2. Rely on the local church as God’s answer for the orphan. Create orphan care ministries in your church that give everyone the opportunity to engage.Create partnerships with churches worldwide, affirming solutions from indigenous churches.
  3. Prevent children from becoming orphaned through advocacy, HIV care and treatment, and general health and welfare efforts toward family reunification when appropriate.
  4. Help with relief, and focus on long-term solutions that are sustainable and wholistic emphasizing education and community development.
  5. Affirm the family as the best place for the healthy growth and development of a child and promote adoption as God’s idea for the health and healing of a child.
  6. Negotiate ways for mobilizing ordinary people to become part of the life of an orphan. Not everyone can or should adopt, and not every child is eligible for adoption, but every person can care for a child who is vulnerable or orphaned.

How, where and when will you respond?

Have you LOST the plot?

James Harleman summarises some of the parallel motifs and themes found throughout the LOST series and how they relate to the ultimate story of redemption.

“I don’t think I’m disappointed with the ending of LOST, but I am glad that there is a more certain hope.”

The Waiting City

A family formed and forged upon a foundation of love will have an advantage over any other. Often couples make the mistake of thinking a child will save their relationship. Inevitably, though, once the child arrives, the problems do not depart and the relationship continues to break down damaging all involved.

The Waiting City‘ is due for release in Australia July 15, 2010. It explores the relationship of a couple who travel to India to adopt a child. Regardless of the means used to form your family (biological or adoptive) if your relationship with each other is not secure then adding a family member isn’t going to solve anything.

One of the greatest gifts, any parent can give to any child is a secure loving relationship with their spouse. Aside from the stability and security it provides to the child, it also ensures that the couple are not relating to each other solely out of their mutual concern for their children. Rather, as you “cleave” to one another, the love that results generously nourishes the children and is sustained until death you do part.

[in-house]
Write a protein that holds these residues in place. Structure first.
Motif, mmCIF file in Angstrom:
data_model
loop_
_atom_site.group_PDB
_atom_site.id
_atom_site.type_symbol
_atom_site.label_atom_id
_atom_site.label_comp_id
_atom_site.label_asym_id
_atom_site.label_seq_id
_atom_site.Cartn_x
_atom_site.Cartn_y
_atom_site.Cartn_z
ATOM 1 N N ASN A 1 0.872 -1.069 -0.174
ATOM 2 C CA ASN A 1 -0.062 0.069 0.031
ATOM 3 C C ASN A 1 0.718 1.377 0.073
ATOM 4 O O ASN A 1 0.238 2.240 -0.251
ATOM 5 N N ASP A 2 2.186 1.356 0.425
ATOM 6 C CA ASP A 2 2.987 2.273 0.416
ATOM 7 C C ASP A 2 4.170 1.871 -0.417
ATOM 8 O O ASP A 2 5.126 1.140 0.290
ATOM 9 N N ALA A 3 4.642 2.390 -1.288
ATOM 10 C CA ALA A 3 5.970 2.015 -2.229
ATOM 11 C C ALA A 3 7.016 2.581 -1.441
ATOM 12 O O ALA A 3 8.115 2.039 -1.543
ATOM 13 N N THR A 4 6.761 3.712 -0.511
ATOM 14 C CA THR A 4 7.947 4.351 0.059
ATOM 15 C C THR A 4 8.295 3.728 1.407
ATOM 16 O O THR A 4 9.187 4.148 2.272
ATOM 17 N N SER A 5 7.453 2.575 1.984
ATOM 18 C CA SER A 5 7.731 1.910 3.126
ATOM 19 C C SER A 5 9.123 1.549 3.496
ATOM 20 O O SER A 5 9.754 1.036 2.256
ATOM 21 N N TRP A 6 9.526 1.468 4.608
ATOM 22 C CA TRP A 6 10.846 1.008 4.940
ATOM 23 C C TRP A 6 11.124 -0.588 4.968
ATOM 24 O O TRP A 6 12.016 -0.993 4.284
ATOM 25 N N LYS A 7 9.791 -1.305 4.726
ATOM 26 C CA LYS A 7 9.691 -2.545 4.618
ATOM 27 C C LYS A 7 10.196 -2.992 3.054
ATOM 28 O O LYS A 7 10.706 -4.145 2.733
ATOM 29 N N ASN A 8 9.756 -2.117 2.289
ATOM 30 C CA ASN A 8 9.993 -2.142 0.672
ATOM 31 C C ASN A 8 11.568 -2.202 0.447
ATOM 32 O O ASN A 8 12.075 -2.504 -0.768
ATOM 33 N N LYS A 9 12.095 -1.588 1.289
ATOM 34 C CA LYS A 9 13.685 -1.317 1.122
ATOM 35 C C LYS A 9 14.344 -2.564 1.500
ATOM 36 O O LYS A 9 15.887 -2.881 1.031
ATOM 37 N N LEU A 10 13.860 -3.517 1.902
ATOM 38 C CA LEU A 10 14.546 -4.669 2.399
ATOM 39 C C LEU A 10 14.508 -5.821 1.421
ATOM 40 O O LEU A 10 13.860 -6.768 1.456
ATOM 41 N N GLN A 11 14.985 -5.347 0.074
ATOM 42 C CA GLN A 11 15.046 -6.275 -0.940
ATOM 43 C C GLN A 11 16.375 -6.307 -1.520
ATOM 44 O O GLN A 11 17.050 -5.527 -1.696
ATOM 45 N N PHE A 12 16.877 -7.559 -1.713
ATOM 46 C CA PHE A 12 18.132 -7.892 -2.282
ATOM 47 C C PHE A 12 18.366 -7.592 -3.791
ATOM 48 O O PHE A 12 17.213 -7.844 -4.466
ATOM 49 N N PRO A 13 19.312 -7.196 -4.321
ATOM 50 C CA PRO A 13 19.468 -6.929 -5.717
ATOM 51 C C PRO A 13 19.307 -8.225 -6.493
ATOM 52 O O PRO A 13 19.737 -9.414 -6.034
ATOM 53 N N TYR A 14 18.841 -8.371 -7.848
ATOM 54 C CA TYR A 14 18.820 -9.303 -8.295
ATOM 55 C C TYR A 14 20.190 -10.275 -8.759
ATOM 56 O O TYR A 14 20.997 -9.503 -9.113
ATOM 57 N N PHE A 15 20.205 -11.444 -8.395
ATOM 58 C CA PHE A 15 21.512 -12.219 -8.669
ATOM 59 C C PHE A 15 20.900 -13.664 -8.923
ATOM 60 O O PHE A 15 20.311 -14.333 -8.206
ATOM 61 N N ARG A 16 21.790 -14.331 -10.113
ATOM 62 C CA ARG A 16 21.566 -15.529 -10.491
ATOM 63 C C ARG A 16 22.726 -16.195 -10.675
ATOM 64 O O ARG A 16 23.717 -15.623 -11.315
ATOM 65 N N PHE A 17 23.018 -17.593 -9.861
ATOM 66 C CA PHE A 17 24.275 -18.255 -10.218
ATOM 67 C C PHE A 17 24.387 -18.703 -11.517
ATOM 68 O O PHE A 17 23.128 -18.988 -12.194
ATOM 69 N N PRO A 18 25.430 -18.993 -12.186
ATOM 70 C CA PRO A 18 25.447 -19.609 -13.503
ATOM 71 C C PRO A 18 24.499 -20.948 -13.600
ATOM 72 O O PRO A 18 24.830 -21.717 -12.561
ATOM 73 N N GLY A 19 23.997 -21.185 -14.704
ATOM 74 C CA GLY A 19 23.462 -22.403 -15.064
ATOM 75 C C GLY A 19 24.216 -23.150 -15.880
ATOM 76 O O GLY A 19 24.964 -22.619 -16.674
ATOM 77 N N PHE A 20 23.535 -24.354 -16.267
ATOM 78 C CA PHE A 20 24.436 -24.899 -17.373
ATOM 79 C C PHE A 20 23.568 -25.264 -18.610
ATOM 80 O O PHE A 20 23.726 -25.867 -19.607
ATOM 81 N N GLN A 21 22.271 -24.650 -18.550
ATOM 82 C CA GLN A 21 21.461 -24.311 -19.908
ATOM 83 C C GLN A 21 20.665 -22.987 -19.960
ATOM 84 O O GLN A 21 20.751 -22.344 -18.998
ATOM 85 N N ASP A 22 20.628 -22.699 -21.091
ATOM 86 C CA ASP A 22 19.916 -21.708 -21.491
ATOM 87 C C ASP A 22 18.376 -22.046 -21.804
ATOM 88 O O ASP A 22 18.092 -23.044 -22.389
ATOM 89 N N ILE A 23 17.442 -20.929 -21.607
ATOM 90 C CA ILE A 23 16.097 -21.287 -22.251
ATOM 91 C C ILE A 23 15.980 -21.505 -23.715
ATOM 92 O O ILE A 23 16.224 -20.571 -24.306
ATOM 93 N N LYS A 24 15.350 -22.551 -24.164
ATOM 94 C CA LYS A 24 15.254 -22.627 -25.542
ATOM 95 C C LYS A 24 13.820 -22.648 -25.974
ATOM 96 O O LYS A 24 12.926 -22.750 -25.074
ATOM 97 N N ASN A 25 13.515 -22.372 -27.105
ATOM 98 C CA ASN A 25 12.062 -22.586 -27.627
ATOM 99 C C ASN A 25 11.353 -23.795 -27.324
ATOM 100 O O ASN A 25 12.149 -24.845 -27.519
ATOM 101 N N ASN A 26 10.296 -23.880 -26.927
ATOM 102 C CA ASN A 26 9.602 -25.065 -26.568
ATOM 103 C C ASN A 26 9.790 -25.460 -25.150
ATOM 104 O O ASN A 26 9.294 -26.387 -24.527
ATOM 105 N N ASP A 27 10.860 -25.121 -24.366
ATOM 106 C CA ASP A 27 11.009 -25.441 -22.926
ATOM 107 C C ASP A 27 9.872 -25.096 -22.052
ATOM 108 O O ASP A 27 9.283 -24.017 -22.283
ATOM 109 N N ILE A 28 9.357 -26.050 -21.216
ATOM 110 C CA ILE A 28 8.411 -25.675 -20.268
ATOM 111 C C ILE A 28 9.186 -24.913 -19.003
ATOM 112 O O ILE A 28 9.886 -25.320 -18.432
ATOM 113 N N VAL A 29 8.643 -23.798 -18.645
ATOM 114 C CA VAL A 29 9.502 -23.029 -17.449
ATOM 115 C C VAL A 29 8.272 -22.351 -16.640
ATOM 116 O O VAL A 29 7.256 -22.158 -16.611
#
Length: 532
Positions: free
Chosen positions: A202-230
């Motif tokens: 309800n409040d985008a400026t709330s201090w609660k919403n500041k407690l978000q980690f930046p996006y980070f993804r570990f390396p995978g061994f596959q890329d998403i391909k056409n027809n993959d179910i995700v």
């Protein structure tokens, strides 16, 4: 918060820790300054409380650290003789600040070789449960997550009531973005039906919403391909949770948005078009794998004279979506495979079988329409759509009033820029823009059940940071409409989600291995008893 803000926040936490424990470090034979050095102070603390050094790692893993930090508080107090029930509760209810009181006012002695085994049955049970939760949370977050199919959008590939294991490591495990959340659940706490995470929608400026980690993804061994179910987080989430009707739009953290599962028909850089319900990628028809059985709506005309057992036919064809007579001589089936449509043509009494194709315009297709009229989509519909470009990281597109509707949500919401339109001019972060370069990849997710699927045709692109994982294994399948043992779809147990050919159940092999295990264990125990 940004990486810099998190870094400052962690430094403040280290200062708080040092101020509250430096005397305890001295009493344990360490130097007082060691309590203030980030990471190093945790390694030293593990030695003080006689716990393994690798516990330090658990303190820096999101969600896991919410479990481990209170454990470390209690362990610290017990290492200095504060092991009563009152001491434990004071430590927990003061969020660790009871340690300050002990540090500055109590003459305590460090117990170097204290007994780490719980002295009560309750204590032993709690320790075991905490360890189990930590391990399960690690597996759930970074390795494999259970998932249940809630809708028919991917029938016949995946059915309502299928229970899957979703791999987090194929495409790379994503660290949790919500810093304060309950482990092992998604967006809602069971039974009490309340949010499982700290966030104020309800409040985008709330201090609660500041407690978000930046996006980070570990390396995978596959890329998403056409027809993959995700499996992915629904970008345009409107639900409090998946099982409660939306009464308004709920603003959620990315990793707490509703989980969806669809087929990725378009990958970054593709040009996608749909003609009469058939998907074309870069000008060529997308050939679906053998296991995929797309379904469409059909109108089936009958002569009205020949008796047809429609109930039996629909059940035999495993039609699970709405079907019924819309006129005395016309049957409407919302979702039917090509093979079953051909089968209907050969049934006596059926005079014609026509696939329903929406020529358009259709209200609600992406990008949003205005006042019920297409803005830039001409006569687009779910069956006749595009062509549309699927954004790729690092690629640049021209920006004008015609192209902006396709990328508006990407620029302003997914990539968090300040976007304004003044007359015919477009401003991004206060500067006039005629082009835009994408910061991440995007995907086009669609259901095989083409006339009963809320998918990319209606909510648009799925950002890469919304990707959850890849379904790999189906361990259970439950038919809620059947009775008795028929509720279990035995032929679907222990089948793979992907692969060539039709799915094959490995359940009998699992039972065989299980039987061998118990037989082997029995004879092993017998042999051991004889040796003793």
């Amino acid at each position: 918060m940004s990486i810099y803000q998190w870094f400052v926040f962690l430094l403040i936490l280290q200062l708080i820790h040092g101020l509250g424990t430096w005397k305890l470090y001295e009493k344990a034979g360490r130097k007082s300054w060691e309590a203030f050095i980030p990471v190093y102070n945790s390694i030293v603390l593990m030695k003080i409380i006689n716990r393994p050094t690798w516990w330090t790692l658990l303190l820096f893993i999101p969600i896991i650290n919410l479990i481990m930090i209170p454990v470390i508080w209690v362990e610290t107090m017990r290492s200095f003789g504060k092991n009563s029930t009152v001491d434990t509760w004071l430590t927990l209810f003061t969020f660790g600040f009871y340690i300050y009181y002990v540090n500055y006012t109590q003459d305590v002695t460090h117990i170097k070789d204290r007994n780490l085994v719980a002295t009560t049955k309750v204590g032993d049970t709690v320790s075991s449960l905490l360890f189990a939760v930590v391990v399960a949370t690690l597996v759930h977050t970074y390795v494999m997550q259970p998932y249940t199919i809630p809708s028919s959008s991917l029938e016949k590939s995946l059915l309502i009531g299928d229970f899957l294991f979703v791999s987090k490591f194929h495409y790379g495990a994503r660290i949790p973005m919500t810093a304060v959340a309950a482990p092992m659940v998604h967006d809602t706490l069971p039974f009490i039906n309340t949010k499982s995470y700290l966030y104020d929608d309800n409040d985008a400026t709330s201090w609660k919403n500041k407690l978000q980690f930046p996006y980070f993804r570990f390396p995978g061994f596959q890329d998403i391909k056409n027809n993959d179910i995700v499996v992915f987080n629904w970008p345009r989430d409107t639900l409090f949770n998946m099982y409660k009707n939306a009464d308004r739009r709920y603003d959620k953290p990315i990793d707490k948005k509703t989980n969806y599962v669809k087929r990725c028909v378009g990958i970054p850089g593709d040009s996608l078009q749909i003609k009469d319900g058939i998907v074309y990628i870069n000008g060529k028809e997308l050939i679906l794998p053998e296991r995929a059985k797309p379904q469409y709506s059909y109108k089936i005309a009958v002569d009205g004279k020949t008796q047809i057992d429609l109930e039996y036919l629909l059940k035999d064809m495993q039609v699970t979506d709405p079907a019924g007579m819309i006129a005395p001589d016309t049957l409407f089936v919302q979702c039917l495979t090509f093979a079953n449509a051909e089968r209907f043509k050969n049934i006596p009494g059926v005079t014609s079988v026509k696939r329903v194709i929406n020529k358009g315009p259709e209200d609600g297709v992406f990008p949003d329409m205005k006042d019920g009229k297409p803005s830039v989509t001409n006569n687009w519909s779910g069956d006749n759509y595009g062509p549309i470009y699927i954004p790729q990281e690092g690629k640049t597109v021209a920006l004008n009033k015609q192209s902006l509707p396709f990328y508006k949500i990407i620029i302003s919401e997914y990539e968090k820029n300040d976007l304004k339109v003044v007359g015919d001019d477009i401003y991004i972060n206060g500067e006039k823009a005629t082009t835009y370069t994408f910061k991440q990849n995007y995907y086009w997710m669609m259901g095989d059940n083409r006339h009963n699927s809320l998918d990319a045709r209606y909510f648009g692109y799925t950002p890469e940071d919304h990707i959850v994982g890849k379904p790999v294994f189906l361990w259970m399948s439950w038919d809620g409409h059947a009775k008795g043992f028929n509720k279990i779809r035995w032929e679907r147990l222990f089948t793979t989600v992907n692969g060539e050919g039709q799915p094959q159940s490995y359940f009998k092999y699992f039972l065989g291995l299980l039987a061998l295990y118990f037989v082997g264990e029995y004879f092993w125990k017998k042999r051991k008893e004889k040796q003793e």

The power of a well told story

Jesus knew the power of a good story. He frequently used parables as a means to illustrate and drive home the truth on his unsuspecting audience. Tolkien once said, regarding his own writing:

one object is “the elucidation of truth, and the encouragement of good morals in this real world, by the ancient device of exemplifying them in unfamiliar embodiments, that may tend to ‘bring them home'”

Taken from Letters by J.R.R. Tolkien quoted in the Introduction of Jim Ware’s Finding God in The Hobbit.

Jesus Yes Church No

People have always been drawn to Jesus more than they have to whatever form established Christian convention takes. Whether the “tax collectors and sinners” of the 1st century or the hippy “Jesus-people” of the 1960’s, Jesus has always been considered more desirable or attractive than the Church supposedly filled with his followers. Now pontificate all you want about this being a false dichotomy, there is an important lesson to learn.

Tim Keller in The Prodigal God explains:

Jesus’s [sic] teaching consistently attracted the irreligious while offending the Bible-believing, religious people of his day. However, in the main, our churches today do not have this effect. The kind of outsiders Jesus attracted are not attracted to contemporary churches, even our most avant-garde ones. We tend to draw conservative, buttoned-down, moralistic people. The licentious and liberated or the broken and marginal avoid church. That can mean only one thing. If the preaching of our ministers and the practice of our parishioners do not have the same effect on people that Jesus had, then we must not be declaring the same message that Jesus did. If our churches aren’t appealing to [tax collectors and sinners], they must be more full of [pharisees and teachers of the law] than we’d like to think.